The Skift New Luxury newsletter is our weekly newsletter focused on the business of selling luxury travel, the people and companies creating and selling experiences, emerging trends, and the changing consumer habits around the sector.
The consolidation has forced others in the sector to adapt. Skift’s hospitality editor, Deanna Ting, spoke to a number of executives at the International Luxury Travel Market in Cannes in early December, many of whom believe that the best way to take on the bigger hotel companies is to stay small.
Of course, this is something they would say, but it does have an element of truth. The Marriott-Starwood merger created a portfolio of 30 brands, seven of which are described as luxury. How easy is it to differentiate between a St. Regis and a Ritz-Carlton?
As Neil Jacobs, CEO of Six Senses, said: “People want individuality and it’s an era for small brands with a little scale and consistency.”
— Patrick Whyte, Europe Editor
Five Looks at Luxury
Marriott and AccorHotels Mega Merger Activity Created Luxury Powerhouses: Perhaps being bigger isn’t always better, at least when it comes to luxury hotels. Or at the very least, when you’re bigger, the challenges can be, too.
Modern Concierge Is Too Skilled to Be Made Redundant by Technology: It would be easy to dismiss a concierge as a relic of another time. But concierges are the secret weapon of the educated traveler and when the profession is done well, it is vital.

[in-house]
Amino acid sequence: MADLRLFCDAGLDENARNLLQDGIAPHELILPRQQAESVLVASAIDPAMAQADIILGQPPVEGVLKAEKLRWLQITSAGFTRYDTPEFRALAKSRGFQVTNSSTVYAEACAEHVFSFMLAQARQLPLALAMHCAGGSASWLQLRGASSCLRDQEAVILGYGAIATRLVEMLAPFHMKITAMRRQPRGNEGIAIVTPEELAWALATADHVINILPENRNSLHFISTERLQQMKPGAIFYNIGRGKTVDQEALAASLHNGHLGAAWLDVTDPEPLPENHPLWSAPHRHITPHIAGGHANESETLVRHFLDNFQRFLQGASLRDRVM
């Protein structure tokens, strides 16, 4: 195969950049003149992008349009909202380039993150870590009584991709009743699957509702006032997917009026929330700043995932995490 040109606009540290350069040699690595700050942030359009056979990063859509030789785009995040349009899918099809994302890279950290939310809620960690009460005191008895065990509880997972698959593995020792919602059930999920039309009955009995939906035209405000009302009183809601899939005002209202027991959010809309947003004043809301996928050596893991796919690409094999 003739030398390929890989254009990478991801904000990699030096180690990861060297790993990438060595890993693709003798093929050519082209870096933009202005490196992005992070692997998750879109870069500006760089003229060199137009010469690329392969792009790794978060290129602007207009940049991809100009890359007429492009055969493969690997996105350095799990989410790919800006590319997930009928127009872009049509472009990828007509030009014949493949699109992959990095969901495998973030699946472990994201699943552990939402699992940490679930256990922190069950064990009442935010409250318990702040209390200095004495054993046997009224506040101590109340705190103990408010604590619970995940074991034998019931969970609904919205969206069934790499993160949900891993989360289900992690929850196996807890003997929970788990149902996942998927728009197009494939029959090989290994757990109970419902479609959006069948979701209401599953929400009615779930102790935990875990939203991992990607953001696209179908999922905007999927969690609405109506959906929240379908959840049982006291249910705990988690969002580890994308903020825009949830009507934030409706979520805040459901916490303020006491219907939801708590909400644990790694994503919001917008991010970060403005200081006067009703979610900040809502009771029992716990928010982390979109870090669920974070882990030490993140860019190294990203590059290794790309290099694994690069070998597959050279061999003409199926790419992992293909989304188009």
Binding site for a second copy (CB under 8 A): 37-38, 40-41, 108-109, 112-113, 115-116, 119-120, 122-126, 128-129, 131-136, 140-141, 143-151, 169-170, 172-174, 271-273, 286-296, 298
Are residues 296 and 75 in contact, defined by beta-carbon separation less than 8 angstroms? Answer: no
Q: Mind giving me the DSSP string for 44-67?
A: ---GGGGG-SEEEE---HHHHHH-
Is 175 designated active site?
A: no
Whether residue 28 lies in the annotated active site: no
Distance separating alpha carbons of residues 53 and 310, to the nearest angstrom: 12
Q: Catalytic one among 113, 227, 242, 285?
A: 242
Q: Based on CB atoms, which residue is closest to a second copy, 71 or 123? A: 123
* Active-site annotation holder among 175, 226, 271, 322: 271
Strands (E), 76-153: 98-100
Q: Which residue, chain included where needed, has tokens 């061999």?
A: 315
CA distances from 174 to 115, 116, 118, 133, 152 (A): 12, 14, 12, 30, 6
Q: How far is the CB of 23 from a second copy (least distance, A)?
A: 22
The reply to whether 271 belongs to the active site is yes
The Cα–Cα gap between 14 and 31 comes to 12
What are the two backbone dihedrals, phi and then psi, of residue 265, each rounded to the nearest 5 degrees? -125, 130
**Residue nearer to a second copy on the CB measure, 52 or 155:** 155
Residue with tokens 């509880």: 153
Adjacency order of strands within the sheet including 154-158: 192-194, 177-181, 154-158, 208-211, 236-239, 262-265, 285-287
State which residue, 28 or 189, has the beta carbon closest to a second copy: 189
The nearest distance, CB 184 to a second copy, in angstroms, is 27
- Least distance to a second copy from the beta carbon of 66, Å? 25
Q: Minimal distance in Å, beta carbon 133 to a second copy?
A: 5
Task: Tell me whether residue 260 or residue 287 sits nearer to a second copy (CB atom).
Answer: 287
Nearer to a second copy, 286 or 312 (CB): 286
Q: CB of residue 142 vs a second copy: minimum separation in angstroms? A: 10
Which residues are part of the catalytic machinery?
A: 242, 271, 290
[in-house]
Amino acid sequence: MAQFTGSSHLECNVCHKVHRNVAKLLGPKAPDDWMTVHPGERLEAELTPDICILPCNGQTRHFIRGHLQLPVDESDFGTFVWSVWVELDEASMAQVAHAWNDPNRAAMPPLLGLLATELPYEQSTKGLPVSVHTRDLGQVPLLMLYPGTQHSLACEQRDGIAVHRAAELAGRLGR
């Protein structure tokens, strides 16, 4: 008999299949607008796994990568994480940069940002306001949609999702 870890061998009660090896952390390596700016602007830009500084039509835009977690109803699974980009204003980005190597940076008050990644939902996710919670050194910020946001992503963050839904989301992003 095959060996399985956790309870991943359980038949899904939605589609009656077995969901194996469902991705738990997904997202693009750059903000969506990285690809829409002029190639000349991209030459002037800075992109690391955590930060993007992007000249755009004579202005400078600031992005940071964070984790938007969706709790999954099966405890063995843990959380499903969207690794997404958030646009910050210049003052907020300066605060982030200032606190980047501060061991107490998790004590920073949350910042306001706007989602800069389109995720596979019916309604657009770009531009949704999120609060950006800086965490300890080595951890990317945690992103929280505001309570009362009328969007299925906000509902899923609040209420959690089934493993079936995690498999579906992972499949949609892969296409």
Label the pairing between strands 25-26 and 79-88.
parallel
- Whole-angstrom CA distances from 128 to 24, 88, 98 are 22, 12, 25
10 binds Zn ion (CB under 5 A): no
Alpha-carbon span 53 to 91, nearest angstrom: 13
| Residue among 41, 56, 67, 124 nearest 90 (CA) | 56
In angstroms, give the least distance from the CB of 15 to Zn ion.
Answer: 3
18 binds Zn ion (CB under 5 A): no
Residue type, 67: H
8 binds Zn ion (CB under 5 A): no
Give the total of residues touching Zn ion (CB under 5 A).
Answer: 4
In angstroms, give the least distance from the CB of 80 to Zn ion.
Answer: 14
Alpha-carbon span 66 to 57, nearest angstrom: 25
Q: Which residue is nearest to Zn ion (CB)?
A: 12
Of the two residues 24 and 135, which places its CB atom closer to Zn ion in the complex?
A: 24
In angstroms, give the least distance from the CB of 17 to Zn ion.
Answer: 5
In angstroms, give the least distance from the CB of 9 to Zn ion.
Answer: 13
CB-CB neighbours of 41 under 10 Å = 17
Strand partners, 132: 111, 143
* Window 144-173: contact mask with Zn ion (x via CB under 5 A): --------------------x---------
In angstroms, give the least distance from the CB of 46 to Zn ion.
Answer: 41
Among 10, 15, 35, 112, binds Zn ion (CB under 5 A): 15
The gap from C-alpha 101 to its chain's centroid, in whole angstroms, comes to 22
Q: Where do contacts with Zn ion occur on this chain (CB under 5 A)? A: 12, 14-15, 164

The Airport Lounge Business — An Insider’s View of How It All Works: Airport lounges are rarely luxurious, but people love them. Perhaps they crave access to an “exclusive” airport club. So look for more to open soon at U.S. airports. As we learn in this interview, operating a lounge can be a profitable business.
AccorHotels Copes With the Airbnb Factor in Australia: With the sharing economy accounting for almost one in three vacation beds in Australia, the impact of Airbnb and Stayz is being widely questioned. But with hotel occupancy levels and room prices still rising, hotels and lobbying groups’ efforts to restrict private rentals seem like an overreaction.
Winter Retreats Cater to Travelers Who Don’t Want to Ski or Snowboard: Most businesses need to figure out ways to expand their customer bases. Winter inns and resorts are adding more programming and services to appeal to travelers who want a wintry getaway, but don’t necessarily like getting on skis to descend mountains at breakneck speeds.
Skift Europe Editor Patrick Whyte [firstname.lastname@example.org] curates the New Luxury newsletter. The newsletter is emailed every Tuesday.